The rebate would be used to offset storage and handling this year as a lump sum, rather than as a dollar per tonne delivered.

The co-operative has also kept storage and handling fees flat across the network, which was attributed to a focus on reducing costs and network efficiencies.

As well as providing the rebate, CBH also announced an estimated 4pc freight rate reduction for harvest which has been driven by large grain volumes and lower fuel costs.

CBH general manager of operations David Capper said the estimated reduction was the result of larger than average harvests bringing the cost per tonne down.

"We've had a number of good harvests and are expecting another this season - this has a positive impact on our fixed rail costs which are based on a five year average," Mr Capper said.

"The more tonnes the freight fund handles the more cost effective it is per tonne.

"We're pleased to be able to forecast a reflection of this in freight rates for the upcoming season."

CBH is currently negotiating with Brookfield Rail for an interim rail access agreement, with the current agreement set to expire on December 31, while arbitration continues to settle long-term access arrangements.

Mr Capper said while negotiations were progressing, grower freight rates would be contingent on the outcome.

"We are continuing to negotiate a fair price for rail access to help our growers be competitive in the global market.

"We are hopeful of a positive outcome, however we will finalise freight rates early in 2017 when we have a clearer picture of the environment, including Brookfield Rail's access fees."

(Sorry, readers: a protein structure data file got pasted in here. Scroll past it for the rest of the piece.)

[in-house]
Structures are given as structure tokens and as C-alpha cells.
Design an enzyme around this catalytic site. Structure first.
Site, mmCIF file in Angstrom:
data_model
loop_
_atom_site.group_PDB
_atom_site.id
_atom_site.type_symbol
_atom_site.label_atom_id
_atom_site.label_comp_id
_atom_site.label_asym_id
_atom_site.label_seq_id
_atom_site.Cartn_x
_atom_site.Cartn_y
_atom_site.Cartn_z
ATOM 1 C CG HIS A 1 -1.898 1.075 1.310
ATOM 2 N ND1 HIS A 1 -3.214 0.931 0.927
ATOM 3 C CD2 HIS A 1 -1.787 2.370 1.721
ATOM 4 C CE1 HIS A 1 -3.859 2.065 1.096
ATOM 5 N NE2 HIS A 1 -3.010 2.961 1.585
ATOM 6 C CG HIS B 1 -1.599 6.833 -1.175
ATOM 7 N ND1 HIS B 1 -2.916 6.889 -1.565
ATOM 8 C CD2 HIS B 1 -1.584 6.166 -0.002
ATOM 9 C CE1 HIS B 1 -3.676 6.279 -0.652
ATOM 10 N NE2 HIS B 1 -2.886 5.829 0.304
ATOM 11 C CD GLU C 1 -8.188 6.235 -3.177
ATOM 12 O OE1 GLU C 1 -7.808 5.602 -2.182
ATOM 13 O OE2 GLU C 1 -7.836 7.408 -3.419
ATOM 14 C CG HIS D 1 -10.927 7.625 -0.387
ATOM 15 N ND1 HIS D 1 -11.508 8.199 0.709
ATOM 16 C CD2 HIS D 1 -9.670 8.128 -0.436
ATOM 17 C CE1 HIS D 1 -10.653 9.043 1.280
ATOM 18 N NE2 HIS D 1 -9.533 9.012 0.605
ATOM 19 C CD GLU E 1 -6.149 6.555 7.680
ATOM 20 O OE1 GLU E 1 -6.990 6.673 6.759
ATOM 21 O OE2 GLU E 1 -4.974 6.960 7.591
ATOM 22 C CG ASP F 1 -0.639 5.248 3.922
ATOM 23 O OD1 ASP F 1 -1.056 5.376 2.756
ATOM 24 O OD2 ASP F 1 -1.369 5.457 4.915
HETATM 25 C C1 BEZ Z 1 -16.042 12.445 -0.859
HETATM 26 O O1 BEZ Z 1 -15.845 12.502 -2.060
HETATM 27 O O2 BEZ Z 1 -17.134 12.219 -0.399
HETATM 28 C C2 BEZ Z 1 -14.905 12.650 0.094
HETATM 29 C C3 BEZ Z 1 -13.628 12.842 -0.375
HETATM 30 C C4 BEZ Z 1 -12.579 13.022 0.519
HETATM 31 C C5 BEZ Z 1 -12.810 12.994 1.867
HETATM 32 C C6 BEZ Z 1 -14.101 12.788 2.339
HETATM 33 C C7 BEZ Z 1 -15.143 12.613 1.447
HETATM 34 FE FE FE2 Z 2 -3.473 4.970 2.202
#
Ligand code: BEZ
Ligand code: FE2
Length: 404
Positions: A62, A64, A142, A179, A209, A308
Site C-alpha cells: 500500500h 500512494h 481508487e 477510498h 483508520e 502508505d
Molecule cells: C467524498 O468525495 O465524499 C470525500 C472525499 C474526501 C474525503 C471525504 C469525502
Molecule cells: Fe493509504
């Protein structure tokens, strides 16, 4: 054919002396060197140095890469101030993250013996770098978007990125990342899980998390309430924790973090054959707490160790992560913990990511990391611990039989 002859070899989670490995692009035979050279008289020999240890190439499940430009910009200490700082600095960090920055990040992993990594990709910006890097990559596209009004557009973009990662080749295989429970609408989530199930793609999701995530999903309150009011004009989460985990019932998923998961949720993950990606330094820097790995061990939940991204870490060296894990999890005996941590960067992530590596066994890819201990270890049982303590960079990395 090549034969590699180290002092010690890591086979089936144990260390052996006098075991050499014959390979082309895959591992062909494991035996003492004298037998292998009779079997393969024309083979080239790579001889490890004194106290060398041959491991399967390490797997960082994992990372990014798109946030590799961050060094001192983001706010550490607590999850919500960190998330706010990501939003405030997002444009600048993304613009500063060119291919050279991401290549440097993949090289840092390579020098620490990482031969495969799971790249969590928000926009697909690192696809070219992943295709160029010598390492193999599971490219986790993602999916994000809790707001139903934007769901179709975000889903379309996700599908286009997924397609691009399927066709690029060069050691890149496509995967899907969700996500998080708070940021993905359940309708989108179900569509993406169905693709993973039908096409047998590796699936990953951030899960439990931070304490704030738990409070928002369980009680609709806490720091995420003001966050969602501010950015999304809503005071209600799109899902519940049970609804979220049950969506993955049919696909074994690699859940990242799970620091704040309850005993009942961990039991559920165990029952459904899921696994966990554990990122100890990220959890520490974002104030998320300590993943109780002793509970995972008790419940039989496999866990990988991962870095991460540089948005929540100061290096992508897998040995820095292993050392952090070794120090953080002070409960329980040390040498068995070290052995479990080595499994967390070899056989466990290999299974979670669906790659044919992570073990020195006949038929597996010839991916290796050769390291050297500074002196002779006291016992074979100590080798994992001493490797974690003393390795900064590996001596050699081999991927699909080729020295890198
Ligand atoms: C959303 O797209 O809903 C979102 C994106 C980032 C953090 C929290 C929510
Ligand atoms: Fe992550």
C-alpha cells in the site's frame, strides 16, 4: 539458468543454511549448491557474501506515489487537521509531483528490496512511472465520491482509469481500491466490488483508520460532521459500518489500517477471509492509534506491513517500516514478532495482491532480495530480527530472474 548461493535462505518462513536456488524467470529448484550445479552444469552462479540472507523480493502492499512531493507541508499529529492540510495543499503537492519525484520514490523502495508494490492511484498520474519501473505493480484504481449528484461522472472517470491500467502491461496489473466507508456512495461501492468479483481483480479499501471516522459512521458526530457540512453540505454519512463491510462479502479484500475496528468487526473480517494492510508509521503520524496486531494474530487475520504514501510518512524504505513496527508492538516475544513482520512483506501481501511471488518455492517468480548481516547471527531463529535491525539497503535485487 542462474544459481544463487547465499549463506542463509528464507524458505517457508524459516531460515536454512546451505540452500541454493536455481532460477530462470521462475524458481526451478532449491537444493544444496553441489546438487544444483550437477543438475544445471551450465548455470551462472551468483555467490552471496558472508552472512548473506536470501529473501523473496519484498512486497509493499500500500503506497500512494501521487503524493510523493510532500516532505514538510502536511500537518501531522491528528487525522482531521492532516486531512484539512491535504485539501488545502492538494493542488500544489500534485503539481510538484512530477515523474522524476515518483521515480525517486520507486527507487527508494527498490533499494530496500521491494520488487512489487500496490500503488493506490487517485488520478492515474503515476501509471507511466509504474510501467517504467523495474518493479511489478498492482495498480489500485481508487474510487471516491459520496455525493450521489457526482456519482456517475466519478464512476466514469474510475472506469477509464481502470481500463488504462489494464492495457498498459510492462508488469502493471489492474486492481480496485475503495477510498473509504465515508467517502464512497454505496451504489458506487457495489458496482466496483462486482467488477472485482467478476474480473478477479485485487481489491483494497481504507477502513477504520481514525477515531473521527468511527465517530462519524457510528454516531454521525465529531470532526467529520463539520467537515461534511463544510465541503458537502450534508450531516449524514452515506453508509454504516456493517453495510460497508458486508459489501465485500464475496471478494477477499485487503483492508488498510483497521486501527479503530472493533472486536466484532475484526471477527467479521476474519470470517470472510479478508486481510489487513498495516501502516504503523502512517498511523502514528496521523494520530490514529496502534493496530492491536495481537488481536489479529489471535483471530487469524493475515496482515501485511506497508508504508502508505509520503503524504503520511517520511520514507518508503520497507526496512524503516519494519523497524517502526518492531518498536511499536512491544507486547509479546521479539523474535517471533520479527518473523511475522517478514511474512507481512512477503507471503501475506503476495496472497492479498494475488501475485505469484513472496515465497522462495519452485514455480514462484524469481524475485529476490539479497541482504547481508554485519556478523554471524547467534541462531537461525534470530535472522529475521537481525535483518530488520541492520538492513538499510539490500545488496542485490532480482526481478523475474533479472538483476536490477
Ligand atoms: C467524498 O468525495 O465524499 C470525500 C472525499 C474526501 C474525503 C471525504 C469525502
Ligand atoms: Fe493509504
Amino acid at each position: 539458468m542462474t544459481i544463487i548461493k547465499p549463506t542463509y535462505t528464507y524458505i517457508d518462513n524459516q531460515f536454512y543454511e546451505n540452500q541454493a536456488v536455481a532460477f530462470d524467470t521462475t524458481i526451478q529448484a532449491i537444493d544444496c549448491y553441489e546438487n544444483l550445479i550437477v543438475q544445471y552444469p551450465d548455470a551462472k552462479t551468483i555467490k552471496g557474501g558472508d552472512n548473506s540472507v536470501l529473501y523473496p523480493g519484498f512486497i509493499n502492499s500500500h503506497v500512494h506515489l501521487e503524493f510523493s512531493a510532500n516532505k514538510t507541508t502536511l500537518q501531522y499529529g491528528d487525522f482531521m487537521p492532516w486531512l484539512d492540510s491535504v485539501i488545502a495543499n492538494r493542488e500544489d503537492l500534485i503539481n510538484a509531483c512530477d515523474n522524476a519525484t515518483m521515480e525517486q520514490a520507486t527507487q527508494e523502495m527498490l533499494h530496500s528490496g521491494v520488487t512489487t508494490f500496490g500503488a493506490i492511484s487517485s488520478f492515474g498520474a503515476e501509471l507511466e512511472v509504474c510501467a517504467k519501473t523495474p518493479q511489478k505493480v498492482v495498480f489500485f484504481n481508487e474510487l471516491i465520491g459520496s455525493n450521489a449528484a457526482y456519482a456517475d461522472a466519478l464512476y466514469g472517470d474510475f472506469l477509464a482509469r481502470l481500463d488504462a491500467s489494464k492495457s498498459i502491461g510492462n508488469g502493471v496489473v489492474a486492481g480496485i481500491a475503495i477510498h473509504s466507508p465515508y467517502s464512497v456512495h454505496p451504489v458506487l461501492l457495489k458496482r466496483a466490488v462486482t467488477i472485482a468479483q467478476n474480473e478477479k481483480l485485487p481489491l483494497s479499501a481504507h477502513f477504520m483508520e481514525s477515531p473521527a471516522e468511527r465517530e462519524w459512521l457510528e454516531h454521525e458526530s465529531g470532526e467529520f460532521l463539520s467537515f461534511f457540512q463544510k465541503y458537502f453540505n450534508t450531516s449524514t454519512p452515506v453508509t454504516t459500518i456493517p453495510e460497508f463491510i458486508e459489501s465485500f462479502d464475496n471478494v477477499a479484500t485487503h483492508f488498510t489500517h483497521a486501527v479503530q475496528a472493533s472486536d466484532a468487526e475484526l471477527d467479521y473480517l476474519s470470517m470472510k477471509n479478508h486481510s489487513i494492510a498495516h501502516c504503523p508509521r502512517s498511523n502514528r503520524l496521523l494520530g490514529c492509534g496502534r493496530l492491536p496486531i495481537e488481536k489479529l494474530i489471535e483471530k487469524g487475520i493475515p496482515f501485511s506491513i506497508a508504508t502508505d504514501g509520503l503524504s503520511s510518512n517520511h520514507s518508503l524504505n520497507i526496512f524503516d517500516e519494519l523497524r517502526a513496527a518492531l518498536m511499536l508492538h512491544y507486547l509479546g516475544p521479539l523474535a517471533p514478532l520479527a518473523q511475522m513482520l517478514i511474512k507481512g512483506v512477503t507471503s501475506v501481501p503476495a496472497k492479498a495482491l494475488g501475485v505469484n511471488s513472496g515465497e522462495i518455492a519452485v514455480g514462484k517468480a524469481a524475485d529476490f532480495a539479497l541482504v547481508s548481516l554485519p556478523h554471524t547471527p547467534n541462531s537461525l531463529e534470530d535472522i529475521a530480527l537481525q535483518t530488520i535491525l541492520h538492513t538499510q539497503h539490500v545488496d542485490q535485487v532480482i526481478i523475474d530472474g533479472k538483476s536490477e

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READER COMMENTS

Deregul8
7/10/2016 12:30:25 PM, on Farm Weekly

All they have done is manufactured a rebate out of consolidated taxings on grain receivals. There'll be nothing next year and millions have been spent on no future sites to take in grain that won't be there now. The only path forward is investment in super sites and rationalisation of costly sites (unreliable tonnes). Wonder how much dough has been wasted on expensive oats with early contracts? Not to mention buying and building assets whose value have been inflated by that high oats price at the time.
Rural Realist
10/10/2016 10:16:51 AM, on Farm Weekly

D8 some real expertise there! Even if money was wasted going long oats, do you not think exactly the opposite would have been true last year? Did you know it's cheaper to keep running down old sites with minimal maintenance than it is to build new ones (not that I don't think we should build new ones). The fact is they had a profitable year because of volume in the system, and the rebates reflect exactly that. Although that must be an inconvenient slap in the face to the AGC proponents.
RETRAC
19/10/2016 1:30:44 PM, on Farm Weekly

I heard that the rebate would have been twice what is given if it wasn't wasted on all those expensive oats contracts. Lots of oats on the horizon.